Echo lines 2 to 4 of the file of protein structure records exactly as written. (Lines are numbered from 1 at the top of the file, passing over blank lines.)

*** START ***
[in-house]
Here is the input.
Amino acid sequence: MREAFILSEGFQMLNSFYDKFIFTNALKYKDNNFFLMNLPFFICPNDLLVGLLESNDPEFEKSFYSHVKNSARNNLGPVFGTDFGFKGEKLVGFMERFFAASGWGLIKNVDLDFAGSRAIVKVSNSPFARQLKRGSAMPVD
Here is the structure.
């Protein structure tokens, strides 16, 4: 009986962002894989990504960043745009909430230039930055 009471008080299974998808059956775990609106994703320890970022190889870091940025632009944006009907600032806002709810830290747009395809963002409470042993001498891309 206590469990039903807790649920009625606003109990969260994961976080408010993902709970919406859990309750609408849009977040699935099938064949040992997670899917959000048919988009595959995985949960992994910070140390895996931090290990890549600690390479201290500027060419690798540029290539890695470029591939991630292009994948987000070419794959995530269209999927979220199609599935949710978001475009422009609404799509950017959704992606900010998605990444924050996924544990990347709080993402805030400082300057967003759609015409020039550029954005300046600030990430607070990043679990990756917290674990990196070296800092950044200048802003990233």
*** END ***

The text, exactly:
Here is the input.
Amino acid sequence: MREAFILSEGFQMLNSFYDKFIFTNALKYKDNNFFLMNLPFFICPNDLLVGLLESNDPEFEKSFYSHVKNSARNNLGPVFGTDFGFKGEKLVGFMERFFAASGWGLIKNVDLDFAGSRAIVKVSNSPFARQLKRGSAMPVD
Here is the structure.